General Dynamics Electric Boat (GDEB) is awarded a contract modification for planning and execution of post-delivery work period of the U.S. Navy Virginia-class fast attack submarine, USS Indiana (SSN 789).
The cost-plus-fixed-fee modification, worth around $14 million, was awarded by the Supervisor of Shipbuilding Conversion and Repair (SUPSHIP) located in Groton, Connecticut. Fiscal 2018 shipbuilding and conversion (Navy) funding in the amount of around $8.6 million will be obligated at time of award.
The work includes long-lead-time material procurement, in preparation to accomplish the maintenance, repair, alterations, testing and other work on USS Indiana. The work will be performed in Groton, Connecticut, and is expected to be completed by April 2019.
USS Indiana (SSN 789) was commissioned into the Navy fleet during a ceremony at the Navy Port at Cape Canaveral Air Force Station in Port Canaveral, Florida on Sept. 29 this year.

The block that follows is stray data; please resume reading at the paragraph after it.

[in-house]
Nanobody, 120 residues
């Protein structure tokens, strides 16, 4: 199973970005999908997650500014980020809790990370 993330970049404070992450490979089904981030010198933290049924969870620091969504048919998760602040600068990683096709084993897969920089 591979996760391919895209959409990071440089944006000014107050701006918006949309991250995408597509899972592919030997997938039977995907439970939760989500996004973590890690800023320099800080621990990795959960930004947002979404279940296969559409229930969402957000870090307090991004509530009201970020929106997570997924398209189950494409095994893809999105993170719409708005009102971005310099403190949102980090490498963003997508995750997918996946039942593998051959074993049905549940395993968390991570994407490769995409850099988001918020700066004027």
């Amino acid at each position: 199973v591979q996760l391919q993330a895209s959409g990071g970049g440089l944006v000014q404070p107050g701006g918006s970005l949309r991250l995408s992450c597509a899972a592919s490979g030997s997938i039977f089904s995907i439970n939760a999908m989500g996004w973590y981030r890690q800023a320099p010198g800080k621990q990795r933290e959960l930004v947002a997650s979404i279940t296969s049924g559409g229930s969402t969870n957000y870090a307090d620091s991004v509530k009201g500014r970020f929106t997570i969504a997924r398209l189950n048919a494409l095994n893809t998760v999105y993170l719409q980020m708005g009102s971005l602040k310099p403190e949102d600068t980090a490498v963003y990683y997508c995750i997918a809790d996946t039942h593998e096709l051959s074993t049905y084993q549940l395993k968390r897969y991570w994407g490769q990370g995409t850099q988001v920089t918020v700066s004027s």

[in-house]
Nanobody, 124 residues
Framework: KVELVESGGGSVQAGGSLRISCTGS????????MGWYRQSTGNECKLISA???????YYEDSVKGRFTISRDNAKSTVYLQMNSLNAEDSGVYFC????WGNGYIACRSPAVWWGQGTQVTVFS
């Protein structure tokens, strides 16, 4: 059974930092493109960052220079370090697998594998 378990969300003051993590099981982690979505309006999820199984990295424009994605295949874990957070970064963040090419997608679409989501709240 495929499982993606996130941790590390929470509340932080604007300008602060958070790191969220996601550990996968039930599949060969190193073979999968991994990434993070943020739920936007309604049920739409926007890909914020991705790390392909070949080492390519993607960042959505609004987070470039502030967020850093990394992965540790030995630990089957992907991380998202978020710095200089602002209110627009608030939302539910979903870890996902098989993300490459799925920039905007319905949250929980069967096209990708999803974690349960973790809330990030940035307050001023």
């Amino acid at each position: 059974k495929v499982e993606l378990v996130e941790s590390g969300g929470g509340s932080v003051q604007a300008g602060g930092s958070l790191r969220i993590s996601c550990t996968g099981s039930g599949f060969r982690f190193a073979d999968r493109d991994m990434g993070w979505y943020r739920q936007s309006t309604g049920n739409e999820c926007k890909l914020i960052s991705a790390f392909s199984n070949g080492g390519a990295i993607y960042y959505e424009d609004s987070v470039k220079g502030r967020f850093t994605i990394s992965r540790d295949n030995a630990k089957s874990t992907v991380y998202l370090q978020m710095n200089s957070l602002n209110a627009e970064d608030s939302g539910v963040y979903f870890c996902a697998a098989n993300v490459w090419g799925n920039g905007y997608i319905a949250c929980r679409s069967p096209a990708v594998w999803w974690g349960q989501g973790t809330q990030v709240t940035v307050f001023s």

Indiana is the 16th Virginia-class fast attack submarine and the sixth Virginia-class Block III submarine. She was the third U.S. Navy ship to be christened with the name Indiana.
As a Block III submarine, Indiana features a redesigned bow, which replaces 12 individual Vertical Launch System (VLS) tubes with two large-diameter Virginia Payload Tubes each capable of launching six Tomahawk land attack cruise missiles (LACM), among other design changes that reduced the submarines’ acquisition cost while maintaining their outstanding warfighting capabilities.
Indiana was constructed by Huntington Ingalls Industries (HII) in partnership with the Electric Boat division of General Dynamics (GDEB) in Newport News, Virginia, with the initial contract awarded on 22 December 2008. Her keel was laid on 16 May 2015 and she was launched on 9 June 2017. She was christened on 29 April 2017 and sponsored by Diane Donald, wife of Admiral Kirkland H. Donald, USN (ret).
Virginia-class submarines are built to operate in the world’s littoral and deep waters while conducting anti-submarine warfare; anti-surface ship warfare; strike warfare; special operation forces support; intelligence, surveillance, and reconnaissance; irregular warfare; and mine warfare missions.
Their inherent stealth, endurance, mobility, and firepower directly enable them to support five of the six maritime strategy core capabilities—sea control, power projection, forward presence, maritime security, and deterrence.